Friday, March 21, 2008

Ohio Maple Syrup at the Logan Brothers Family Farm.

Amy Maurer’s Tuesday guest was an Ohio maple syrup producer.

Joe Logan is a Trumbull County farmer whose family produces maple syrup. He was in Columbus to attend a meeting on the “buy local produce” marketing movement.

The Logan family farm is a fifth generation operation. Some of the farming operations are part of a family tradition, including the maple syrup production, Logan said he remembers his grandfather telling him that collecting the sap and evaporating it to syrup is good exercise to get ready for the hard work of Spring.

A stand of maple trees was on the farm when it was first established by Logan’s ancestors.

Although Ohio is fourth or fifth in gallons of maple syrup produced, Logan said that Ohio is generally not thought of as a maple syrup producing state.

Logan said that birch trees also produce a sap that is made into a pleasant syrup.

Logan discussed technical aspects of making the syrup. He said the percentage of sugar and quality of sap varies from tree to tree in the same stand of maples.

When asked about the origins of making syrup from the sap of maple trees, he said that legend attributes the practice to native Americans. Logan speculated that someone tasted sap that was “bleeding” from an injured tree and recognized the sweetness of a sugar.

When sap runs it is clear like water and tastes like water with a couple spoons of sugar diluted in it. The unit of measurement for the amount of sugar in sap is the “brix”

Logan compared the amount of sugar in a typical grape (23 ½ brix) with the amount of sugar in a typical sap (59 brix) about to crystallize.

In discussing the pleasure of maple syrup, Logan said that he thought there is probably a genetic compulsion in people to enjoy sugar. He said that if there is this compulsion, it helps us get through the winter.

Another indigenous sweetener is honey.

In discussing when sap runs in a maple tree, Logan said that the trees respond to temperature. The rules are fairly simple. When temperatures are below 32 degrees, there is no sap running. When temperatures are above 32 degrees, the sap responds. The “window of opportunity” to collect commercial amounts of sap is fairly brief. It is a period when the Winter freeze changes to the Spring thaw. When there have been three or four consecutive days of temperatures above 32 degrees, the days of collecting sap for maple syrup are over. Sap that is collected after the first few days becomes bitter with a flavor that hints of flower buds.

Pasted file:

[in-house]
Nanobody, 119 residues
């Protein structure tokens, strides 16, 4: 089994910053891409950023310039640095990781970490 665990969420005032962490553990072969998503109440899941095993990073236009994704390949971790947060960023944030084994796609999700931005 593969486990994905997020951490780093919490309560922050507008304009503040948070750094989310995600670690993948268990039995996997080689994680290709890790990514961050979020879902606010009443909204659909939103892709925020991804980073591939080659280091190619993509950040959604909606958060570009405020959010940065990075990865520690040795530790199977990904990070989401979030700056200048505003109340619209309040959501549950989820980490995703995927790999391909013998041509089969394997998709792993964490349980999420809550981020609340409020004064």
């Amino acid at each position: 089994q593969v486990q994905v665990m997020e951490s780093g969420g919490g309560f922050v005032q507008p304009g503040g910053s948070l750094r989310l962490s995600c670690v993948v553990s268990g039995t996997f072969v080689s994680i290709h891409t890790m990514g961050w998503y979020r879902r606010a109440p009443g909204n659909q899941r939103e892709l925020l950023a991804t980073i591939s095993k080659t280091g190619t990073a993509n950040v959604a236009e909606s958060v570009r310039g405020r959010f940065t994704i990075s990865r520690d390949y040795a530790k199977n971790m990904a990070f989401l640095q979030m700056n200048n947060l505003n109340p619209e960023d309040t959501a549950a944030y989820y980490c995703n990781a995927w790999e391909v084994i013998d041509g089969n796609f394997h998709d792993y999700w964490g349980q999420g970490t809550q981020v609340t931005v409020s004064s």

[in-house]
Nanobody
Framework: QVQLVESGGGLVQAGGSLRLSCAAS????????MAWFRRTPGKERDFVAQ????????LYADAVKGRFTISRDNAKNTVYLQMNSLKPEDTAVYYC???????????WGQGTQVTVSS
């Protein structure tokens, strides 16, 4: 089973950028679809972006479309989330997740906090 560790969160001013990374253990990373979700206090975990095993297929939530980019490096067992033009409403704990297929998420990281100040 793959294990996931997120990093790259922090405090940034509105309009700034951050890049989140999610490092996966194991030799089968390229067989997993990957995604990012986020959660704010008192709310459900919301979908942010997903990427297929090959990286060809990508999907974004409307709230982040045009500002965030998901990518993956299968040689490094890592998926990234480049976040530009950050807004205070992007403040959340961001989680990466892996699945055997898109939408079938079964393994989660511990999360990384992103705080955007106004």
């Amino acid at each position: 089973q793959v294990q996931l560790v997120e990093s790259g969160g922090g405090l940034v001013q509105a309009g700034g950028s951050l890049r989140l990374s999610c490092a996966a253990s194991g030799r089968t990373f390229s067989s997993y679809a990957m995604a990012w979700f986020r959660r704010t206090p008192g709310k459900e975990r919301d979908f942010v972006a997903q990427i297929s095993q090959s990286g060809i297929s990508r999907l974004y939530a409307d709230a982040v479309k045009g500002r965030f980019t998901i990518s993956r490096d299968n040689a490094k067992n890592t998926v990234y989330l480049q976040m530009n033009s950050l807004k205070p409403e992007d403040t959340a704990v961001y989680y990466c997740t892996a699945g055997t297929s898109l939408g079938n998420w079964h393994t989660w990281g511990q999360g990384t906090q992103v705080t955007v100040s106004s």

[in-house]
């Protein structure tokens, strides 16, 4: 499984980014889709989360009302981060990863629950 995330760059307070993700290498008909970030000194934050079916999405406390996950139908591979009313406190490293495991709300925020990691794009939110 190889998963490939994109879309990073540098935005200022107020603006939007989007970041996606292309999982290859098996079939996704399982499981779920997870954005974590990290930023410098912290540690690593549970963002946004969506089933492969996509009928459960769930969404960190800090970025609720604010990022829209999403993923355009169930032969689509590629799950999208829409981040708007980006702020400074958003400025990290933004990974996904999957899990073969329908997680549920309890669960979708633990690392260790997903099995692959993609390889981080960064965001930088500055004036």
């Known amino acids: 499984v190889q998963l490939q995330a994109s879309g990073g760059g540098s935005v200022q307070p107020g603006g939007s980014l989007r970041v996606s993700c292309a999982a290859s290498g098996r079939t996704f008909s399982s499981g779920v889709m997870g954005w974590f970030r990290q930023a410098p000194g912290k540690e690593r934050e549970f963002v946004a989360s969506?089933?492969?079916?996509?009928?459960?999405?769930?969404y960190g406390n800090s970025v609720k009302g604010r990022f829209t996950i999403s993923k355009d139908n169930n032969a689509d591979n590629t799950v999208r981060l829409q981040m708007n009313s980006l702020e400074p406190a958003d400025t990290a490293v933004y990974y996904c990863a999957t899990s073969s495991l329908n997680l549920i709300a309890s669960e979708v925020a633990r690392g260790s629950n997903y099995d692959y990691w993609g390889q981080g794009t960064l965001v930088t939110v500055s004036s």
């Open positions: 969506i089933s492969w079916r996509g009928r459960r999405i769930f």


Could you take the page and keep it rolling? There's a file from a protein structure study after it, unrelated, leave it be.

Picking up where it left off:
To collect the sap, two inch holes are drilled into the tree trunks. A “spile” is placed into the hole and buckets are hung.

A maple tree with the girth of twenty-four inches will yield two buckets of sap.

The buckets are carried to the sugar house where it is held temporarily in a 1600 gallon tank. The raw sap is then evaporated to a sugar concentration of 59 brix. A float valve releases the raw sap into a sixteen feet by five feet pan. This evaporation pan is heated by a wood fire until the syrup is concentrated at 59 brix.

Packaged for distribution to customers. Logan said that the family farm has a long established customer base in the area. He said that maple syrup has an indefinite shelf life. If the syrup crystallizes, Logan said that placing the container in warm water for a brief time will re-liquify the syrup.

The last sap collected each year yields darker, less sweet syrup. It is usually purchased by syrup dealers who re-sell it to Vermont processors for blending into commercially-produced maple syrups.

The farm is named Logan Brothers Family Farm and is located near Kinsman in Trumbull County, Ohio.

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